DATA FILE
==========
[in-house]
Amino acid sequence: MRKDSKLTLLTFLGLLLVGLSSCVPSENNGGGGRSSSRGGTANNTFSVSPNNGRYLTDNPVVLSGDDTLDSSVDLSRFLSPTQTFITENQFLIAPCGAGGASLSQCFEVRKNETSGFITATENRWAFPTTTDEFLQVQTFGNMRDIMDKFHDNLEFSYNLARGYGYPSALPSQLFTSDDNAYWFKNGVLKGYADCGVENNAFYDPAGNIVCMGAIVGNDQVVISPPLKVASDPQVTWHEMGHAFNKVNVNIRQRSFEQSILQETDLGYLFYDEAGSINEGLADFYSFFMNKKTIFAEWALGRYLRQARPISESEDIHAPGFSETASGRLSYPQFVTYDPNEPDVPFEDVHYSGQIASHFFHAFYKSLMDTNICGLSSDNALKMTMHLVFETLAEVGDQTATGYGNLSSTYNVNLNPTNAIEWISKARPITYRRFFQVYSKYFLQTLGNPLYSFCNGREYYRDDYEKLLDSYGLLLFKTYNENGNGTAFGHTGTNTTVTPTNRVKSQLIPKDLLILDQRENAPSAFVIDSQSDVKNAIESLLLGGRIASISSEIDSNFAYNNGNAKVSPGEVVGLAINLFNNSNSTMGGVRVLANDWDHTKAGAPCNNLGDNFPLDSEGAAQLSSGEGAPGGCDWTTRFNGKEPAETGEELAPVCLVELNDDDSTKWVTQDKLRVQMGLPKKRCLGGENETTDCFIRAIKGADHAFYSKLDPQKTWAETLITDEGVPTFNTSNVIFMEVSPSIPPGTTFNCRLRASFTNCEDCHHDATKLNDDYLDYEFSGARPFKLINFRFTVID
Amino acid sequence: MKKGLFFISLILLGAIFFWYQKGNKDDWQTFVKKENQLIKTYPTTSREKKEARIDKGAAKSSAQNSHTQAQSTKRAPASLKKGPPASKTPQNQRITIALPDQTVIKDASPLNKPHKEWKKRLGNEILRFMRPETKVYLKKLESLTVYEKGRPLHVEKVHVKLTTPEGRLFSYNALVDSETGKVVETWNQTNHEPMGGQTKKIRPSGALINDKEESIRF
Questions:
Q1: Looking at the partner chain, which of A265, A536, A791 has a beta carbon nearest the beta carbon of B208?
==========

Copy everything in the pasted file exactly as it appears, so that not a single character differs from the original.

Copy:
[in-house]
Amino acid sequence: MRKDSKLTLLTFLGLLLVGLSSCVPSENNGGGGRSSSRGGTANNTFSVSPNNGRYLTDNPVVLSGDDTLDSSVDLSRFLSPTQTFITENQFLIAPCGAGGASLSQCFEVRKNETSGFITATENRWAFPTTTDEFLQVQTFGNMRDIMDKFHDNLEFSYNLARGYGYPSALPSQLFTSDDNAYWFKNGVLKGYADCGVENNAFYDPAGNIVCMGAIVGNDQVVISPPLKVASDPQVTWHEMGHAFNKVNVNIRQRSFEQSILQETDLGYLFYDEAGSINEGLADFYSFFMNKKTIFAEWALGRYLRQARPISESEDIHAPGFSETASGRLSYPQFVTYDPNEPDVPFEDVHYSGQIASHFFHAFYKSLMDTNICGLSSDNALKMTMHLVFETLAEVGDQTATGYGNLSSTYNVNLNPTNAIEWISKARPITYRRFFQVYSKYFLQTLGNPLYSFCNGREYYRDDYEKLLDSYGLLLFKTYNENGNGTAFGHTGTNTTVTPTNRVKSQLIPKDLLILDQRENAPSAFVIDSQSDVKNAIESLLLGGRIASISSEIDSNFAYNNGNAKVSPGEVVGLAINLFNNSNSTMGGVRVLANDWDHTKAGAPCNNLGDNFPLDSEGAAQLSSGEGAPGGCDWTTRFNGKEPAETGEELAPVCLVELNDDDSTKWVTQDKLRVQMGLPKKRCLGGENETTDCFIRAIKGADHAFYSKLDPQKTWAETLITDEGVPTFNTSNVIFMEVSPSIPPGTTFNCRLRASFTNCEDCHHDATKLNDDYLDYEFSGARPFKLINFRFTVID
Amino acid sequence: MKKGLFFISLILLGAIFFWYQKGNKDDWQTFVKKENQLIKTYPTTSREKKEARIDKGAAKSSAQNSHTQAQSTKRAPASLKKGPPASKTPQNQRITIALPDQTVIKDASPLNKPHKEWKKRLGNEILRFMRPETKVYLKKLESLTVYEKGRPLHVEKVHVKLTTPEGRLFSYNALVDSETGKVVETWNQTNHEPMGGQTKKIRPSGALINDKEESIRF
Questions:
Q1: Looking at the partner chain, which of A265, A536, A791 has a beta carbon nearest the beta carbon of B208?